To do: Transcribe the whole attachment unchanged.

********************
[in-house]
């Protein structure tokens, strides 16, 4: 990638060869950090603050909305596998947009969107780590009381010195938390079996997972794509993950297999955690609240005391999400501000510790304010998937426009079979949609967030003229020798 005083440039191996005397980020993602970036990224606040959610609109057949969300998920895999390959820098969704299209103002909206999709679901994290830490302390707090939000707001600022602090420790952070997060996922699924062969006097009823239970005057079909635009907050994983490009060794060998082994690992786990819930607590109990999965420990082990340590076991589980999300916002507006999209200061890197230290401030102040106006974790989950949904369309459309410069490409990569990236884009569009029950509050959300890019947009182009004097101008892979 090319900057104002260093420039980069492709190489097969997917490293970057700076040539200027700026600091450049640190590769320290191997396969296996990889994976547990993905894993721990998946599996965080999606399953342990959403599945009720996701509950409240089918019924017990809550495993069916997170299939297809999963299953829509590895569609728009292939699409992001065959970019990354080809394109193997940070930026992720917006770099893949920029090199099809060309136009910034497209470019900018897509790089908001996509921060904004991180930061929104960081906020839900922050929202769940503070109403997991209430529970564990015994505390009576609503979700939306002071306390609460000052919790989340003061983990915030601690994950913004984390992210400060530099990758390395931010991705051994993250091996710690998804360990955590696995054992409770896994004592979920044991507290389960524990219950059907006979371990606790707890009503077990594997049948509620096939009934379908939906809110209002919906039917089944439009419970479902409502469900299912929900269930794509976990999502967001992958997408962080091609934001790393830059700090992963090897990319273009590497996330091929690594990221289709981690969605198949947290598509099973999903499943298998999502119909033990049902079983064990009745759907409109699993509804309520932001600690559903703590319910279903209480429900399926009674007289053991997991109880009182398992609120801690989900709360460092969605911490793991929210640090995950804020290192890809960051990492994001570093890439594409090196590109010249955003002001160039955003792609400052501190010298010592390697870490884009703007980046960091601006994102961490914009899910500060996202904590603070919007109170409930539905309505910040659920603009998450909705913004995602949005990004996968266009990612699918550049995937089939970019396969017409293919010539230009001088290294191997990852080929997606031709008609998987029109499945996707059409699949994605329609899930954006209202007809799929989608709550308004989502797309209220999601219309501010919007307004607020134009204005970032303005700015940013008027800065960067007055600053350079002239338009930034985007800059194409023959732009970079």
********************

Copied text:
[in-house]
């Protein structure tokens, strides 16, 4: 990638060869950090603050909305596998947009969107780590009381010195938390079996997972794509993950297999955690609240005391999400501000510790304010998937426009079979949609967030003229020798 005083440039191996005397980020993602970036990224606040959610609109057949969300998920895999390959820098969704299209103002909206999709679901994290830490302390707090939000707001600022602090420790952070997060996922699924062969006097009823239970005057079909635009907050994983490009060794060998082994690992786990819930607590109990999965420990082990340590076991589980999300916002507006999209200061890197230290401030102040106006974790989950949904369309459309410069490409990569990236884009569009029950509050959300890019947009182009004097101008892979 090319900057104002260093420039980069492709190489097969997917490293970057700076040539200027700026600091450049640190590769320290191997396969296996990889994976547990993905894993721990998946599996965080999606399953342990959403599945009720996701509950409240089918019924017990809550495993069916997170299939297809999963299953829509590895569609728009292939699409992001065959970019990354080809394109193997940070930026992720917006770099893949920029090199099809060309136009910034497209470019900018897509790089908001996509921060904004991180930061929104960081906020839900922050929202769940503070109403997991209430529970564990015994505390009576609503979700939306002071306390609460000052919790989340003061983990915030601690994950913004984390992210400060530099990758390395931010991705051994993250091996710690998804360990955590696995054992409770896994004592979920044991507290389960524990219950059907006979371990606790707890009503077990594997049948509620096939009934379908939906809110209002919906039917089944439009419970479902409502469900299912929900269930794509976990999502967001992958997408962080091609934001790393830059700090992963090897990319273009590497996330091929690594990221289709981690969605198949947290598509099973999903499943298998999502119909033990049902079983064990009745759907409109699993509804309520932001600690559903703590319910279903209480429900399926009674007289053991997991109880009182398992609120801690989900709360460092969605911490793991929210640090995950804020290192890809960051990492994001570093890439594409090196590109010249955003002001160039955003792609400052501190010298010592390697870490884009703007980046960091601006994102961490914009899910500060996202904590603070919007109170409930539905309505910040659920603009998450909705913004995602949005990004996968266009990612699918550049995937089939970019396969017409293919010539230009001088290294191997990852080929997606031709008609998987029109499945996707059409699949994605329609899930954006209202007809799929989608709550308004989502797309209220999601219309501010919007307004607020134009204005970032303005700015940013008027800065960067007055600053350079002239338009930034985007800059194409023959732009970079």